And why was he so disappointed? Todd reports that the mayor of St. Charles played possum about the Minnesota Proppant project, despite massive local opposition:

Travis Lange of Concerned Citizens of St. Charles said his group has collected 939 signatures, which represents 51 percent of the turnout in St. Charles from November’s election. Lange said responses from those signing the petition show 80 percent of residents don’t want the project.

The problem with the group’s request, Mayor William Spitzer said, is there is no proposal before the city. The Minnesota Proppant project would be built in St. Charles Township, meaning the township and Winona County have jurisdiction over the project. “We’re monitoring the situation at this point,” Spitzer said. “I still think we need a lot of questions answered.”

Oh, wherever did hundreds of citizens get the idea that the City of St.Charles might have jurisdiction over the massive frac sand processing facility proposed for St. Charles Township? And why did their concern motivate hundreds to sign the petition? Where’s this stuff coming from?

Public records and earlier meetings. Those sillies.

In a February 4 article in the Star Tribune, Sand mine rules melt under pressure, Kennedy reported:

In southeastern Minnesota, another sand company’s annexation proposal has caused an uproar in St. Charles. The company controls a large site in the township of St. Charles. Even though the township is hostile to the project, company officials want the neighboring city of St. Charles to annex the land and issue an operating permit.

“There’s so much money to be made … they are just persistent,” said Jim Ruhberg, chairman of the township board.

Page 13 of the draft EAW notes that Minnesota Proppant’s proposal is based on annexation of the township by St. Charles:

This project plan has been based on the property being annexed into the City of St.Charles and being zoned Light Industrial. This zoning designation and the proposed facilities are compliant and per the Comprehensive Plan of the City and County.

Indeed, the earlier owners of the rail site, Farm2Rail, had asked for annexation, the Pioneer Press’s Jill Jensen reported in Some neighbors oppose proposed St. Charles frac-sand facility, back in June 2012 (via the Post Bulletin):

. . . a group of neighbors on Cherokee Road oppose the project, voicing concerns about declining home values, as well as possible traffic delays, health problems and environmental effects such as sand spills.

Spitzer said the city council approved an environmental assessment worksheet Tuesday night, which will look at the facility’s impact on traffic and the environment. The next step would be to annex Farm2Rail’s property into the city so it would have the benefits of sewer, water and police services like any St. Charles resident, Spitzer said.

Given that history, perhaps Spitzer might better ask himself why people would believe his statement that nothing’s on the table. Nothing except the project’s history, and his own statements about annexation back when other owners were pushing it.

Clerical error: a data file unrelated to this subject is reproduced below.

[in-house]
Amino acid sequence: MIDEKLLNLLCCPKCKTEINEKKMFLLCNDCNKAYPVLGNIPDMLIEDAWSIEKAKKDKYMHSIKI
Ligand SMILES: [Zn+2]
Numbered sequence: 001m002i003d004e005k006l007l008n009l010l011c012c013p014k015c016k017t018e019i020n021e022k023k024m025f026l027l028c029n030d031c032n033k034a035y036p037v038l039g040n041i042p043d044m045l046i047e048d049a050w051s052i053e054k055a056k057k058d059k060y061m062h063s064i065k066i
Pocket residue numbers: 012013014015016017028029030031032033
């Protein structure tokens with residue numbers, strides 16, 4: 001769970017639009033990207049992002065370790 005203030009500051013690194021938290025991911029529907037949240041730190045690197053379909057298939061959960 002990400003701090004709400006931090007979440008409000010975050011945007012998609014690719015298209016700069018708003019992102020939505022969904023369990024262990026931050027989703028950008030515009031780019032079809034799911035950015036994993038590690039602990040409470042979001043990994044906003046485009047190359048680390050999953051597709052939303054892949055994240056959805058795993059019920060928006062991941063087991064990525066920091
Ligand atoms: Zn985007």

And that takes us back to the concerns about connected projects that the latest Kennedy article in the Strib raised. The draft EAW (below) notes on page 11:

The project described herein covers all aspects of mining and processing industrial silica sand from clearing the overburden to transporting the raw material, processing it for specific buyers and loading rail cars for shipment via railroad. The development of other property near the processing facility and trans-load facility are limited to manufacturers or other sand users which may develop existing and proposed commercial/industrial zoned lands within the City of St.Charles.

Outside of the City of St. Charles, future stages associated to this development will be mining of the silica sand material for the processing facility. The silica sand formation (St.Peter Sandstone) that this proposal will extract from extends throughout southeastern Minnesota in great quantities. However, only those locations where it is easily accessible are currently economically feasible. The slurry injection station described in this project is located amongst the greatest sources of the high grade sand found near the surface in southeastern Minnesota. Its location to other potential sand sources was deliberate to allow for phased development of other sand mines.

There have been recent expressed interest in developing silica sand quarries from this same formation within a mile of this site and at least two quarry applications are pending and subject to EAW’s declarations. . . .

No wonder the citizens in the area and in Goodhue County are feeling overwhelmed and asking for relief from the state. And with Red Wing Mayor Egan taking a job as the executive director of the Minnesota Industrial Sand Council, it’s no wonder why some of the peasants down in the driftless region are looking mighty unhappy.

Here’s the document: EAW – MN Prop Draft 10-29-12-1